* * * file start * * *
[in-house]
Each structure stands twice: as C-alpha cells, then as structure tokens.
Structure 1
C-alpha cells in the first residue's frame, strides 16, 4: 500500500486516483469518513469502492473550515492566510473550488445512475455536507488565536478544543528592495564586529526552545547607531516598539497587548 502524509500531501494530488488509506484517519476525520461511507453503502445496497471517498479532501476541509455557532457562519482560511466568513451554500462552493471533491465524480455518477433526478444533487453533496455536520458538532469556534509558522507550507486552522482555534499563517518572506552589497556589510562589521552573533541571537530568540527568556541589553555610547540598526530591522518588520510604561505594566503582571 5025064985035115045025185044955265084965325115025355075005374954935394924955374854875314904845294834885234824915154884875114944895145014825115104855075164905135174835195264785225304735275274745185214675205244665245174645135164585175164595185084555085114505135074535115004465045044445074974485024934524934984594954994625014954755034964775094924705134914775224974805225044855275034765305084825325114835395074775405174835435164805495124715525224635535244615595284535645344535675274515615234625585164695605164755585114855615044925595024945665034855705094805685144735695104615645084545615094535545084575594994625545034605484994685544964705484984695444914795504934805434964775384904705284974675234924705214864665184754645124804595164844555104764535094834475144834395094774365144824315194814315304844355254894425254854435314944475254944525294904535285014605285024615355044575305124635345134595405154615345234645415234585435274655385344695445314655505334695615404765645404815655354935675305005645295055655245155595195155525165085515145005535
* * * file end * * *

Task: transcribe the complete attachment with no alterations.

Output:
[in-house]
Each structure stands twice: as C-alpha cells, then as structure tokens.
Structure 1
C-alpha cells in the first residue's frame, strides 16, 4: 500500500486516483469518513469502492473550515492566510473550488445512475455536507488565536478544543528592495564586529526552545547607531516598539497587548 502524509500531501494530488488509506484517519476525520461511507453503502445496497471517498479532501476541509455557532457562519482560511466568513451554500462552493471533491465524480455518477433526478444533487453533496455536520458538532469556534509558522507550507486552522482555534499563517518572506552589497556589510562589521552573533541571537530568540527568556541589553555610547540598526530591522518588520510604561505594566503582571 5025064985035115045025185044955265084965325115025355075005374954935394924955374854875314904845294834885234824915154884875114944895145014825115104855075164905135174835195264785225304735275274745185214675205244665245174645135164585175164595185084555085114505135074535115004465045044445074974485024934524934984594954994625014954755034964775094924705134914775224974805225044855275034765305084825325114835395074775405174835435164805495124715525224635535244615595284535645344535675274515615234625585164695605164755585114855615044925595024945665034855705094805685144735695104615645084545615094535545084575594994625545034605484994685544964705484984695444914795504934805434964775384904705284974675234924705214864665184754645124804595164844555104764535094834475144834395094774365144824315194814315304844355254894425254854435314944475254944525294904535285014605285024615355044575305124635345134595405154615345234645415234585435274655385344695445314655505334695615404765645404815655354935675305005645295055655245155595195155525165085515145005535